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myampgoesto11:

Photographic soap bubble studies by Santiago Betancur Z  that look like planets  

Photographer and painter Santiago Betancur Z explores the intersection between science and abstract art in his photographic studies of bubbles, as well as producing life-size figure painting. In his photographs and video recordings, Betancur Z captures imagery of soap bubbles against dark backgrounds, showcasing the random kaleidoscopic color and light effects produced by the delicate spheres, and the chance allusions that occur in their surfaces

Watch this beautiful collaboration between Santiago Betancur Z and musician Julian De La Chica

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fun fact, photographs of the bottoms of really old and crusty pots and pans look like way cool planets too

deducecanoe:

cross-connect:

Artist Loren Stump specializes in a form of glasswork called murrine, where rods of glass are melted together and then sliced to reveal elaborate patterns and forms. While the murrina process appeared in the Mideast some 4,000 years ago, Stump has perfected his own technique over the past 35 years to the point where he can now layer entire portraits and paintings in glass before slicing them to see the final results.

Posted to Cross Connect by Sunil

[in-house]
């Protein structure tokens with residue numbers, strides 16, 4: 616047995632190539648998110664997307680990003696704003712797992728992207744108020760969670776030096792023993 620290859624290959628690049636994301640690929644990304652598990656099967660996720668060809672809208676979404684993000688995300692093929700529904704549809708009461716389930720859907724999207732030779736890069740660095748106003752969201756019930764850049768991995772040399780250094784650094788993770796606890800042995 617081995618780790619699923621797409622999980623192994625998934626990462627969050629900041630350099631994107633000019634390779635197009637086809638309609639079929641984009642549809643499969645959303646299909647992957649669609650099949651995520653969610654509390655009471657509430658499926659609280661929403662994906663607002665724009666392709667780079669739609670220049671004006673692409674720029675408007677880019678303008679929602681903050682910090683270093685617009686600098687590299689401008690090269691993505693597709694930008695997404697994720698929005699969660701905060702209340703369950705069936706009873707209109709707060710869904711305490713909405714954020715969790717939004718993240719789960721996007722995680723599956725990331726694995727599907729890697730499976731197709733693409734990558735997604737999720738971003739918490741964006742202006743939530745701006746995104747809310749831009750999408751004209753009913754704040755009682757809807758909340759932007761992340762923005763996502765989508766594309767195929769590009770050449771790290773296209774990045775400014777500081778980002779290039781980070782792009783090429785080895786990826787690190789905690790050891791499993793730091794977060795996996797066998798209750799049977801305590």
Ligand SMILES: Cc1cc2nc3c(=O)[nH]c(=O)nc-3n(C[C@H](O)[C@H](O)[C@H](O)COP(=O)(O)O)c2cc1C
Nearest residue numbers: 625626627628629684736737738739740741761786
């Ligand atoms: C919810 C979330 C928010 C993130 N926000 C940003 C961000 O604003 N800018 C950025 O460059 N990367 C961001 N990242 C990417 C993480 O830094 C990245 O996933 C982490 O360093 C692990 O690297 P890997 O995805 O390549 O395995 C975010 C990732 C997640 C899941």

WHAT THIS IS CRAZY HOW DOESS YOUR BRAIN EVEN WORK THAT YOU CAN MAKE THIS WORK AND MAKE IT SO INTRICATE AND BEAUTIFUL. AND WAY TO GO MIDDLE EAST FOR STARTING THIS THING

viivus:

I made a walkthrough of my process for drawing faceted stones! Judging by the timestamps from the screenshots I took, drawing this one stone took an hour and three minutes, although I know I went and checked tumblr a couple times while I was working, so let’s just call it an hour.

Now MISCELLANEOUS NOTES

  • This walkthrough assumes you already know how to use layer masks, the clone stamp, and the lasso tool. There’s also one part where I didn’t label it, but I inverted the selection so I could keep my lines consistent. It’s in the third image.
  • Unfortunately I can’t really help with colour choice and the actual colouring of the pinwheel shape that makes up the back facets, but you can kind of see that I tended to colour with lines that cut across the facets and and kept the outer parts of the facets darker. It would probably be best to find a reference to work from!
  • This particular cut of stone is called the ‘brilliant’ cut.
  • There’s actually a lot of internal reflection business that goes on in a stone, but I elected to ingore all of it since at a distance you can’t really tell anyway.

now GO FORTH AND DAZZLE YOUR FRIENDS WITH YOUR SPARKLE

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